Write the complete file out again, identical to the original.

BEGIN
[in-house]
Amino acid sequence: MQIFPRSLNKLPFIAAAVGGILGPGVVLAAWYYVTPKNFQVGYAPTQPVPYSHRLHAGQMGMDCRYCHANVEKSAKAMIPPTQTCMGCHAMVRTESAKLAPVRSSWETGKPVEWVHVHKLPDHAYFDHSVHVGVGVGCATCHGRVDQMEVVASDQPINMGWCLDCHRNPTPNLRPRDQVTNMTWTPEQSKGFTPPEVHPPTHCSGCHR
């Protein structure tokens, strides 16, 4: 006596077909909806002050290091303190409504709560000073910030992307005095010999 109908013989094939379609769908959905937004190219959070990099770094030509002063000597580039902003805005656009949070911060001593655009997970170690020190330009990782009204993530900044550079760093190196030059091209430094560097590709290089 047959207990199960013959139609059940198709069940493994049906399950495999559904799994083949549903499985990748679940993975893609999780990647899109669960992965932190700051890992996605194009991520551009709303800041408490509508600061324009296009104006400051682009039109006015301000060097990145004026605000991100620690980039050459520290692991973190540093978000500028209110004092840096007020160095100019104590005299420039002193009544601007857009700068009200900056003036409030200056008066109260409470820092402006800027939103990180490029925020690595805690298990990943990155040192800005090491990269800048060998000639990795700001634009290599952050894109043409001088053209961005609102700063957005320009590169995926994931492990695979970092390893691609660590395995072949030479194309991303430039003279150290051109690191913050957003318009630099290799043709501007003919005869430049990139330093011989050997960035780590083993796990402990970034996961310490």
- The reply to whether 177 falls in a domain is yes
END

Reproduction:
[in-house]
Amino acid sequence: MQIFPRSLNKLPFIAAAVGGILGPGVVLAAWYYVTPKNFQVGYAPTQPVPYSHRLHAGQMGMDCRYCHANVEKSAKAMIPPTQTCMGCHAMVRTESAKLAPVRSSWETGKPVEWVHVHKLPDHAYFDHSVHVGVGVGCATCHGRVDQMEVVASDQPINMGWCLDCHRNPTPNLRPRDQVTNMTWTPEQSKGFTPPEVHPPTHCSGCHR
């Protein structure tokens, strides 16, 4: 006596077909909806002050290091303190409504709560000073910030992307005095010999 109908013989094939379609769908959905937004190219959070990099770094030509002063000597580039902003805005656009949070911060001593655009997970170690020190330009990782009204993530900044550079760093190196030059091209430094560097590709290089 047959207990199960013959139609059940198709069940493994049906399950495999559904799994083949549903499985990748679940993975893609999780990647899109669960992965932190700051890992996605194009991520551009709303800041408490509508600061324009296009104006400051682009039109006015301000060097990145004026605000991100620690980039050459520290692991973190540093978000500028209110004092840096007020160095100019104590005299420039002193009544601007857009700068009200900056003036409030200056008066109260409470820092402006800027939103990180490029925020690595805690298990990943990155040192800005090491990269800048060998000639990795700001634009290599952050894109043409001088053209961005609102700063957005320009590169995926994931492990695979970092390893691609660590395995072949030479194309991303430039003279150290051109690191913050957003318009630099290799043709501007003919005869430049990139330093011989050997960035780590083993796990402990970034996961310490």
- The reply to whether 177 falls in a domain is yes